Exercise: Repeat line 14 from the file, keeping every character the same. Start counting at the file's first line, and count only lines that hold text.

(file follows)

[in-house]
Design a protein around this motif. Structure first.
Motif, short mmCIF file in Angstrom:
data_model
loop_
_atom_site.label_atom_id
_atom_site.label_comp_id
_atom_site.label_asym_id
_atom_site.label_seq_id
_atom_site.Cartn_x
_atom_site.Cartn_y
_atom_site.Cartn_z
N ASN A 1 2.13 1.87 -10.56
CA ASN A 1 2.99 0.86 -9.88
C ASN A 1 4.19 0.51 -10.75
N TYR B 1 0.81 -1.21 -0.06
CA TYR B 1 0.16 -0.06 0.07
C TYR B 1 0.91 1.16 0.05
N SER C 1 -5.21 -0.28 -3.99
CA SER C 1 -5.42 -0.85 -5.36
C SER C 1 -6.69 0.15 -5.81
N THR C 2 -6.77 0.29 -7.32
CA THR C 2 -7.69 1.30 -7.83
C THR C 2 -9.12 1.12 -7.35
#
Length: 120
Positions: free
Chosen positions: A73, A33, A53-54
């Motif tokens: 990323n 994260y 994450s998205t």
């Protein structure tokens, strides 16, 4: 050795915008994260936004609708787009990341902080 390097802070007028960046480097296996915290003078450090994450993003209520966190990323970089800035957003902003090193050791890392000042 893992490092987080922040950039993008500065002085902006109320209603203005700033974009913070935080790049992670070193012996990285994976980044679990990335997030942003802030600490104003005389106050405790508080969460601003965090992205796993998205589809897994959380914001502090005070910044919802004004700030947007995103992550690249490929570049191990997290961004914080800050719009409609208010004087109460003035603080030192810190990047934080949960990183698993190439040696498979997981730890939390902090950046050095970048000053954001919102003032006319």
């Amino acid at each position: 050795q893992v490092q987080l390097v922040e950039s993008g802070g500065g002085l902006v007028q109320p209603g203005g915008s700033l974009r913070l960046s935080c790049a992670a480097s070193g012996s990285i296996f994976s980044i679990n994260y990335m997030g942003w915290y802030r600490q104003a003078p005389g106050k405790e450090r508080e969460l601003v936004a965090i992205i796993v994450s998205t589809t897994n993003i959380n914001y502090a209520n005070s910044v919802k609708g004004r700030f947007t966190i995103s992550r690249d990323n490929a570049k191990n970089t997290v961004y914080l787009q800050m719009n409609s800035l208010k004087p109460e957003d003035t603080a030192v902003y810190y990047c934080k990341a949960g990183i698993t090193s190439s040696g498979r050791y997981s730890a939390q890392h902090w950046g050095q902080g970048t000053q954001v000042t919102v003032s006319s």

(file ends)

CA ASN A 1 2.99 0.86 -9.88